By now, Illinois’ perennial status as one of the nation’s lowest ranked states across a range of economic categories is well documented.

But as of the end of August, Illinois finally managed to battle its way to No. 1 in something. Problem is, that something is its rate of real estate foreclosures.

“The rate of foreclosure filings per household in the state was one in every 298,” reports This astonishing rate, even as many states see precipitous declines in foreclosures, has placed Illinois in “the nation’s top spot for the first time” in records kept by data tracker RealtyTrac going back to January 2005.

On its way to No. 1, Illinois has registered eight consecutive months of year-over-year foreclosure upticks on RealtyTrac’s radar.

The irony is that while some Illinois-based businesses have fled or launched expansion projects in other states, the rate of foreclosure here has actually attracted out-of-state realtors looking to pick off bargains on abandoned, undervalued homes.

How did it happen? How did Illinois arrive at a place of such dramatic contrast, with prisons that are full and houses that are empty, while many regions of the country seeing a rebound?

One clear culprit is persistently high unemployment, much higher than the national average (8.1 percent). Chicago’s unemployment rate is stuck around 10.5 percent; through July the state’s rate was 8.9 percent. Gov. Pat Quinn’s crushing tax hikes on individuals and businesses have discouraged growth and hiring. Meanwhile, residents fortunate enough to be re-hired have not always found new jobs with pay to sustain a mortgage payment, slowing but not deterring the slog toward foreclosure.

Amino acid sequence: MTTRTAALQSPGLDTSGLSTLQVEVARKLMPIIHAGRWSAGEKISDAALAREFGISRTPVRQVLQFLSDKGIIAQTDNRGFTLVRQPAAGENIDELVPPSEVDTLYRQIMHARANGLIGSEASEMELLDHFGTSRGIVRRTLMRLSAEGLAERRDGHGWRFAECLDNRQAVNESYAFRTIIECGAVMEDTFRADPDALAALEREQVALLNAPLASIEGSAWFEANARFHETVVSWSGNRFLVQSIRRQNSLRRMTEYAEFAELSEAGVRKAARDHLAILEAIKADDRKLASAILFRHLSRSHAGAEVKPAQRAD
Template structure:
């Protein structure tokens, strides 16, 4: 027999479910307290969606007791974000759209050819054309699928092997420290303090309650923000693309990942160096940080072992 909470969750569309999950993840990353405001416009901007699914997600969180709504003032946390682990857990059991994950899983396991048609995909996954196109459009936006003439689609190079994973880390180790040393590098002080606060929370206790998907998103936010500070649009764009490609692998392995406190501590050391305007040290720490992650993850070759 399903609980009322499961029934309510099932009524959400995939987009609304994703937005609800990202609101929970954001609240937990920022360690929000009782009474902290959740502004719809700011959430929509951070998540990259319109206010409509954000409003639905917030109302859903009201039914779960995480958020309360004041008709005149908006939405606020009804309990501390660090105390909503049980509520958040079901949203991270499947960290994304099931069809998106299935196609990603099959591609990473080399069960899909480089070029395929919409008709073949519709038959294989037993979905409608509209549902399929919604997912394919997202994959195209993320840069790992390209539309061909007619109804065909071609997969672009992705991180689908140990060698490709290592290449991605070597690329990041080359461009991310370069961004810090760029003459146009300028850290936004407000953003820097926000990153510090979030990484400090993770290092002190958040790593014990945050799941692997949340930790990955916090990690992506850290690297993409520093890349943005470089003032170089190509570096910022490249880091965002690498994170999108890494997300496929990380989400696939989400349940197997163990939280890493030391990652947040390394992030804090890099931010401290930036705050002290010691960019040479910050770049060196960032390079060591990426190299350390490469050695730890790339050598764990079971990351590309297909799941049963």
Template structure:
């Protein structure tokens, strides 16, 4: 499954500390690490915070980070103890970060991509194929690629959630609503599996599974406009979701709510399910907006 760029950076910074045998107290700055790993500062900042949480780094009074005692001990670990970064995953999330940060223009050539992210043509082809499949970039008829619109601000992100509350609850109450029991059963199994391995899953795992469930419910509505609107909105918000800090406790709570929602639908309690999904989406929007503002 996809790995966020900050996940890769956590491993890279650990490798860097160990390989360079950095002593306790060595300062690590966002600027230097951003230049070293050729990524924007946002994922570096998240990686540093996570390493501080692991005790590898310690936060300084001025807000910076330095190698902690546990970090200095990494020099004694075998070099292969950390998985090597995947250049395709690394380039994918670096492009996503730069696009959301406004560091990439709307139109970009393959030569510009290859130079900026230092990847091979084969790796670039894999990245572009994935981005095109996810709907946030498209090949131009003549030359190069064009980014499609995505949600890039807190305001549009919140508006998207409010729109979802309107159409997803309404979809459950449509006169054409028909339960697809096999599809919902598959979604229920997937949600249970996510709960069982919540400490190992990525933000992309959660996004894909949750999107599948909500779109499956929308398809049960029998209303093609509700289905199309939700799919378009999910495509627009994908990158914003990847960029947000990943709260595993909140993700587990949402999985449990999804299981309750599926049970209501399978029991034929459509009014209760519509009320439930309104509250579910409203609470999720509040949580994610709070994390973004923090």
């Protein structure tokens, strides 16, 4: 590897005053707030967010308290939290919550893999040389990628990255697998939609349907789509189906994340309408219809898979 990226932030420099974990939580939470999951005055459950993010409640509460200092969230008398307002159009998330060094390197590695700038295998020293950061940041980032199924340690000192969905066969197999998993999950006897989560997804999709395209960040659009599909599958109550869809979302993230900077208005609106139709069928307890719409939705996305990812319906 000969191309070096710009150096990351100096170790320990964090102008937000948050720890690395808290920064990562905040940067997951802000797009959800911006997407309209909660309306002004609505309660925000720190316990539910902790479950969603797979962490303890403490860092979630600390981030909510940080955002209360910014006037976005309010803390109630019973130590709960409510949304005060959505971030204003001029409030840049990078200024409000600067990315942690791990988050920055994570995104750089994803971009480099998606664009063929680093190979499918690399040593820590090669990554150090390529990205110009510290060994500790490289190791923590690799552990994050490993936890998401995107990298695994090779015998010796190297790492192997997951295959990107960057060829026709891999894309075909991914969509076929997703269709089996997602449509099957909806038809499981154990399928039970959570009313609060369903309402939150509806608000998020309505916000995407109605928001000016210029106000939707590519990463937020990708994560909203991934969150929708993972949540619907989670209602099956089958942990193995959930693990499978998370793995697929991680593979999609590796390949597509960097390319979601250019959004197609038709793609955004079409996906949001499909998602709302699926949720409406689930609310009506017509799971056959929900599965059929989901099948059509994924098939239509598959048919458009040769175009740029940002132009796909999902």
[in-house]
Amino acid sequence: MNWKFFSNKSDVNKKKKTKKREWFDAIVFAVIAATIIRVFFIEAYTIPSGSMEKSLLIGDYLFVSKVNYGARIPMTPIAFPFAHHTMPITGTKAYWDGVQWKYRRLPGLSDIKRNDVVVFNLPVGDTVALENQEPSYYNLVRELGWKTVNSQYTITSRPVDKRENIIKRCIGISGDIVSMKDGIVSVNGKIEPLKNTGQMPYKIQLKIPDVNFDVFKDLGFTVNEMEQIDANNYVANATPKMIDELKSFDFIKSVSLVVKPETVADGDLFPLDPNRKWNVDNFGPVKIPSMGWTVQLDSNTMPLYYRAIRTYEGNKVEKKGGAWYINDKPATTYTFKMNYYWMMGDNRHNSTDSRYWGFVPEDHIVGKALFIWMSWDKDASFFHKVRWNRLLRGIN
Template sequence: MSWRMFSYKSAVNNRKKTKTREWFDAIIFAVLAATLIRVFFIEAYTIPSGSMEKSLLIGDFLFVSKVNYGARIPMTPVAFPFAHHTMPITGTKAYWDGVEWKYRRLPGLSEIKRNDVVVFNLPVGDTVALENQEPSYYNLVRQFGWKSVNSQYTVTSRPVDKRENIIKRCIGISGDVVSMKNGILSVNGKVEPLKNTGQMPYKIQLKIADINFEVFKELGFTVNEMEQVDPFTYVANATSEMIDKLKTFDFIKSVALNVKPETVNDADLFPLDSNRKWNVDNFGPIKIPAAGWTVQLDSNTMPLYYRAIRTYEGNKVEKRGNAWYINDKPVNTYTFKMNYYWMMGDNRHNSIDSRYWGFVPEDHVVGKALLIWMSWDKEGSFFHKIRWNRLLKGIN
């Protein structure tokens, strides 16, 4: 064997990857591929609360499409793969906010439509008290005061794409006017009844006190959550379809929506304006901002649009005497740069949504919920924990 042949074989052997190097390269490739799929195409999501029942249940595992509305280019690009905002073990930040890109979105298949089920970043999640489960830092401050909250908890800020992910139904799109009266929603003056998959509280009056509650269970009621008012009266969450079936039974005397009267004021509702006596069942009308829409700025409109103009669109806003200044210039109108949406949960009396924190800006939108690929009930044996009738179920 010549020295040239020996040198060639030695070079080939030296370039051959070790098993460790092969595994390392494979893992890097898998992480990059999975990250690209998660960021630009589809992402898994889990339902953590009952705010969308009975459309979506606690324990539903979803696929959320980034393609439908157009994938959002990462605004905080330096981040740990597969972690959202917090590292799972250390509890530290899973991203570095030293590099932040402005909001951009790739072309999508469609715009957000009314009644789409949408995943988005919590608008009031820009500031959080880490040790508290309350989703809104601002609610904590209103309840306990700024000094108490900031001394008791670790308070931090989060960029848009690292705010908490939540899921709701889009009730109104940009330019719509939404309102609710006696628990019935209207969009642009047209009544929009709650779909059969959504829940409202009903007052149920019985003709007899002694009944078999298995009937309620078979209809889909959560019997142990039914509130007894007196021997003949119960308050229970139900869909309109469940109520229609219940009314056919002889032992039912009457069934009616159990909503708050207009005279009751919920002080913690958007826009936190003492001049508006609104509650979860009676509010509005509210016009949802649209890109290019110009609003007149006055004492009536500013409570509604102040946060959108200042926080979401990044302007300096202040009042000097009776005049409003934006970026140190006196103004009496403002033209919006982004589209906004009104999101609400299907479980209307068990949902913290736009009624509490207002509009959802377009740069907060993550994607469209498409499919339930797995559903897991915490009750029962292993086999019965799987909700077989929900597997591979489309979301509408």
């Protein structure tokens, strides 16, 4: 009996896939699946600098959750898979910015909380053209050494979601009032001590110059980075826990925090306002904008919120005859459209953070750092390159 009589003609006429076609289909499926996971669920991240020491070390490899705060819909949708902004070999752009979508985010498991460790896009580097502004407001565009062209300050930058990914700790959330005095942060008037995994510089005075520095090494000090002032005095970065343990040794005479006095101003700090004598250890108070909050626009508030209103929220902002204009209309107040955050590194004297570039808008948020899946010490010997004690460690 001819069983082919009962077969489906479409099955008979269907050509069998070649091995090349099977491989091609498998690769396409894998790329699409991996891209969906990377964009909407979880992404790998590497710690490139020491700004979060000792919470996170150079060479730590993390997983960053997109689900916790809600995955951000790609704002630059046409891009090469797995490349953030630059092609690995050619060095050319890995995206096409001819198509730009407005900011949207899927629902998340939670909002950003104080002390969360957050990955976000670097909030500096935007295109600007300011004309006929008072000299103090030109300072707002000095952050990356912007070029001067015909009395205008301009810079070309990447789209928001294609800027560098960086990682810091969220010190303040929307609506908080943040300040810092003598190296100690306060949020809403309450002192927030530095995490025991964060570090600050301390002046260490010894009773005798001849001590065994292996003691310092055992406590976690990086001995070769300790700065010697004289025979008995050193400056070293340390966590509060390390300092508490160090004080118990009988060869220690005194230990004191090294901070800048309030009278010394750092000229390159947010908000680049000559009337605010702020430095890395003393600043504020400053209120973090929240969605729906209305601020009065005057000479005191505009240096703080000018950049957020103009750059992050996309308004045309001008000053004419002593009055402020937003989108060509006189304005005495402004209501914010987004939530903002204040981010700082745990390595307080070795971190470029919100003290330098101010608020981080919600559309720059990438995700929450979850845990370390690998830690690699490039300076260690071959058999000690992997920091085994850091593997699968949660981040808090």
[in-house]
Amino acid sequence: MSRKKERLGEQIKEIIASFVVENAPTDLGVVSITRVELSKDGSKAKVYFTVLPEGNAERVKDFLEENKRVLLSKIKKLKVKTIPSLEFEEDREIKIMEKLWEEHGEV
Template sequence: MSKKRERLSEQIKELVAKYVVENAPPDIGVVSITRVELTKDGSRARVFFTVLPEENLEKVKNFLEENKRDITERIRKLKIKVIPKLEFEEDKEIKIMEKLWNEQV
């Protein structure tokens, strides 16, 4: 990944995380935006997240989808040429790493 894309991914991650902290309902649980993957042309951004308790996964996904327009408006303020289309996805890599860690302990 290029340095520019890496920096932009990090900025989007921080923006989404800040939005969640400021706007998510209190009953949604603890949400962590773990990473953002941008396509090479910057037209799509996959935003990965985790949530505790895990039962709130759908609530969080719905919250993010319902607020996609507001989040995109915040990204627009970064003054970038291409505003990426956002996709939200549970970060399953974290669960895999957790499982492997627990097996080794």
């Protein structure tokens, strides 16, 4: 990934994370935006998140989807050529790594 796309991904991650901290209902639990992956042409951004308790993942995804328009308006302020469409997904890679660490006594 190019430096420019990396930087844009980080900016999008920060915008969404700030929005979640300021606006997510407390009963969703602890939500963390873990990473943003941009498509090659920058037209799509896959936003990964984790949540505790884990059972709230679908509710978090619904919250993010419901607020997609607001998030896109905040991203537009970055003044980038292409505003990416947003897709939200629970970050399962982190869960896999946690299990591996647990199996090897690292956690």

The other formerly dependable source of jobs, the public sector, also has dried up because the state’s upside down economy no longer can support bloated agencies and vast government services. In the long term, the shrinking of Illinois government will begin to benefit taxpayers (the Illinois Policy Institute advocates cutting $500 million from human services, leaving core programs intact).

But for now, everything points to continued economic stagnation because thousands of homes that been devalued by the foreclosure process depress the overall real estate market.

RealtyTrac’s Daren Bloomquist told he expects Illinois foreclosure filings to increase in each of the remaining four months of 2012, which means numbers eclipsing 17,781 filings in August (42 percent higher than in 2011).

“It’s going to get worse before it gets better,” Bloomquist said.

Which is all but certain to bestow another dubious distinction upon Illinois: home rental paradise. Oakland, Calif.-based Waypoint Real Estate is looking at snapping up 75 to 100 homes per month to put on the rental market.

Homes where families were supposed to be raised and long-term equity built, formerly owned by Illinois workers, soon will belong to real estate vultures.

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